Posts Tagged ‘Eastern Europe’

Japan to help Eastern Europe to shift from gas to coal

April 29, 2014

A return to coal as reality bites. It is now a “good thing” to help Eastern Europe to shift from Russian gas to their own coal.

Perhaps it is beginning to sink in that while carbon dioxide emissions have increased substantially in the last 20 years there has been no impact on global temperature. There is just no direct evidence that man-made carbon dioxide emissions have any significant impact on global temperature or on climate. The entire edifice of climate politics is built on this one unproven – and now broken – assumption. Take away this single assumption and all of climate politics collapses in a sorry heap.

Yomiuri Shimbun:

The government plans to support Ukraine and other Eastern European nations in the construction of next-generation coal-fired power plants that can generate power with less fuel, according to informed sources.

Under the initiative, Japan would stand behind the nations’ efforts to use coal—abundant in Eastern Europe—instead of natural gas, the supply of which makes them dependent on Russia. The government is expected to announce the initiative at the meeting of energy ministers from Japan and other Group of Seven industrialized nations to be held in Rome from May 5.

Japan’s support will involve the construction of coal-fired power plants using technologies known as supercritical steam pressure and ultra supercritical pressure to spin the turbines, enabling these nations to obtain electricity while using less fuel and emitting less carbon dioxide.

With a power generation efficiency of 40 percent to 43 percent, Japan has the world’s most advanced technologies in this field. About one-fourth of the coal-fired power plants in the nation use these technologies.

In comparison, Germany has a power generation efficiency of about 38 percent, while the corresponding figures for Ukraine and other Eastern European nations apparently remain at the 30 percent levels. 

If an agreement is reached with Ukraine, Japan will support a feasibility study to rebuild power plants during the current fiscal year. Under the initiative, Japan will provide yen loans to cover several tens of billions of yen in construction costs in addition to its energy-saving technologies, while Ukraine will provide emission quotas for greenhouse gases to Japan under their bilateral framework.

The G-7 meeting of energy ministers will discuss policies to raise the energy self-sufficiency rates of Ukraine and other European nations, as well as diversifying their energy supplies with one goal in mind: lowering their dependency on natural gas and oil from Russia.

 Ukraine imports 60 percent of the natural gas it uses from Russia, while the three Baltic nations and Eastern European nations buy from 60 percent to 100 percent of their natural gas from that country—a situation that makes it difficult to shift away from their reliance on Russia.

Though they have a dearth of natural gas, Eastern European nations have rich reserves of coal, with Ukraine being almost self-sufficient in that resource. Introduction of the next-generation coal-fired power plants is likely to improve their energy self-sufficiency rates, the sources said.

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Yoghurt and Spice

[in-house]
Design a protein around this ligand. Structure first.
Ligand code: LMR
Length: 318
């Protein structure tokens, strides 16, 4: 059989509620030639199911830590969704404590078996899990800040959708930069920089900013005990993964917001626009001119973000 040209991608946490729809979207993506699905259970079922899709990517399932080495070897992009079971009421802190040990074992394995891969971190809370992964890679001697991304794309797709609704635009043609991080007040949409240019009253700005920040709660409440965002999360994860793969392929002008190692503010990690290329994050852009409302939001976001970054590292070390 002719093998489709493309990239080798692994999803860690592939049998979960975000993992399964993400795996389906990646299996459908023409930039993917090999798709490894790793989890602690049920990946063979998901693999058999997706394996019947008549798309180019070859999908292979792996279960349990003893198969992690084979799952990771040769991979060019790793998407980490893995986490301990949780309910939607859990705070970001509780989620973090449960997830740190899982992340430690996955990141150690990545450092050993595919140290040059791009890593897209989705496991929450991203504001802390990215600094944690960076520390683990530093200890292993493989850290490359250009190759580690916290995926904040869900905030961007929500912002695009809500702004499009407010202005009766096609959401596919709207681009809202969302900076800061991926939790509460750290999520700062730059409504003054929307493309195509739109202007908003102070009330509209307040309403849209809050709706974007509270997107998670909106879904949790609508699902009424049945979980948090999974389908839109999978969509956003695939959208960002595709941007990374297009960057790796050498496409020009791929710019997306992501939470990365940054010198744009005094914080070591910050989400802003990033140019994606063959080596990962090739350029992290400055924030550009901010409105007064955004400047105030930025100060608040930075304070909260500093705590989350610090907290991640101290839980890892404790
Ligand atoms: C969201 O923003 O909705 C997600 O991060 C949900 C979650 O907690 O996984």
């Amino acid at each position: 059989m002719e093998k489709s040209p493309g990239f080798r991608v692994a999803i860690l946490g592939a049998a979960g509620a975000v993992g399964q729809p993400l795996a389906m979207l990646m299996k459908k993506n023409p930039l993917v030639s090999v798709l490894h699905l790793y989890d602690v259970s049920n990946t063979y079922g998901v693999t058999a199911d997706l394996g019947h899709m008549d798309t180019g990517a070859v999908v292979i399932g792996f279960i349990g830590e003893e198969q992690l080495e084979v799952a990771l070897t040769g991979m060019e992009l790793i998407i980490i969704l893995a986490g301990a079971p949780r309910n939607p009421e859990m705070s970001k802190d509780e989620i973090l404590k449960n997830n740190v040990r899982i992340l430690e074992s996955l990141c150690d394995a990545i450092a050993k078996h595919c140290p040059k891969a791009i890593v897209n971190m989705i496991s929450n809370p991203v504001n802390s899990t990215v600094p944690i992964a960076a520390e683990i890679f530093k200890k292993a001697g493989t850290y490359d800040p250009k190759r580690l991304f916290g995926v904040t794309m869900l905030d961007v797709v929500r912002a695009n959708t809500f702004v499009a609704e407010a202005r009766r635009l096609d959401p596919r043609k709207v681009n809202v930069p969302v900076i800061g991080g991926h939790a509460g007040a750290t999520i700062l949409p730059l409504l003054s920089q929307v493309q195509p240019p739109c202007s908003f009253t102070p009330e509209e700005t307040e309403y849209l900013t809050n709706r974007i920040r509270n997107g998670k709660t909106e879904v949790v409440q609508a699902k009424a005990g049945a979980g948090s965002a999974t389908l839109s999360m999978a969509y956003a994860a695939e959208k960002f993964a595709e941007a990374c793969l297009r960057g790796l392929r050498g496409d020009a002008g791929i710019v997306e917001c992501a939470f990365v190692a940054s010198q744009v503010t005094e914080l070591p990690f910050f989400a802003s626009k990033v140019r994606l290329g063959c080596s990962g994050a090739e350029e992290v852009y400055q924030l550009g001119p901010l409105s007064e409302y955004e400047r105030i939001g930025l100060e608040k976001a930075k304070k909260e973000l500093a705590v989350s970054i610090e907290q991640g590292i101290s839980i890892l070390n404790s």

July 26, 2013

Bowel disease found to be twice as common in Western Europe than in Eastern Europe.

Of course they don’t know why it should be  that “Crohn’s disease (CD) and ulcerative colitis (UC) are. twice as common in Western Europe as in Eastern Europe”.

I think it’s because there’s much more yoghurt in the Eastern European diet and not enough spice in the Western European diet!

Yoghurt and spice chicken image- health.com

 ScienceNordic  reports: 

A huge study with data from ten million people points towards a previously undescribed tendency. The bowel diseases Crohn’s disease (CD) and ulcerative colitis (UC) are twice as common in Western Europe as in Eastern Europe. The international study was headed by a group of researchers at the Digestive Disease Centre, Copenhagen University Hospital, Herlev, Denmark.

The researchers gathered data about CD and UC patients from 31 intestinal health centres from more than 20 countries throughout Europe. The centres covered a total of some ten million people.
”The whole point of setting up a project such as this one is that we want everyone to take part. We have approached as many of the relevant institutions as we could,” he says.

The reason why Burisch decided to focus on the incidence of these two diseases was that the number of patients started to increase in Eastern Europe, including Hungary and Croatia. …..

…. It turned out that the diseases were twice as common in the West as in the East. ….. 

An obvious reason for this difference could be that Western Europeans are generally better at examining and diagnosing, which means that there may well be a significant number of undiagnosed patients in Eastern Europe. ”But the Eastern European centres that we looked at were good at diagnosing. In fact, they appeared to be more in line with international guidelines than we are [in Western Europe].”

An alternative explanation is that the immune system can become lazy as the living standards improve.

”In Western Europe we have high standards of hygiene and we consume lots of controlled and processed foods, which may confuse and dull our immune system,” says the researcher, pointing out that the search for an explanation is still at the speculative stage. …

And since it is in the speculative stage I suggest it is due to more yoghurt in the East and not enough spice in the West!


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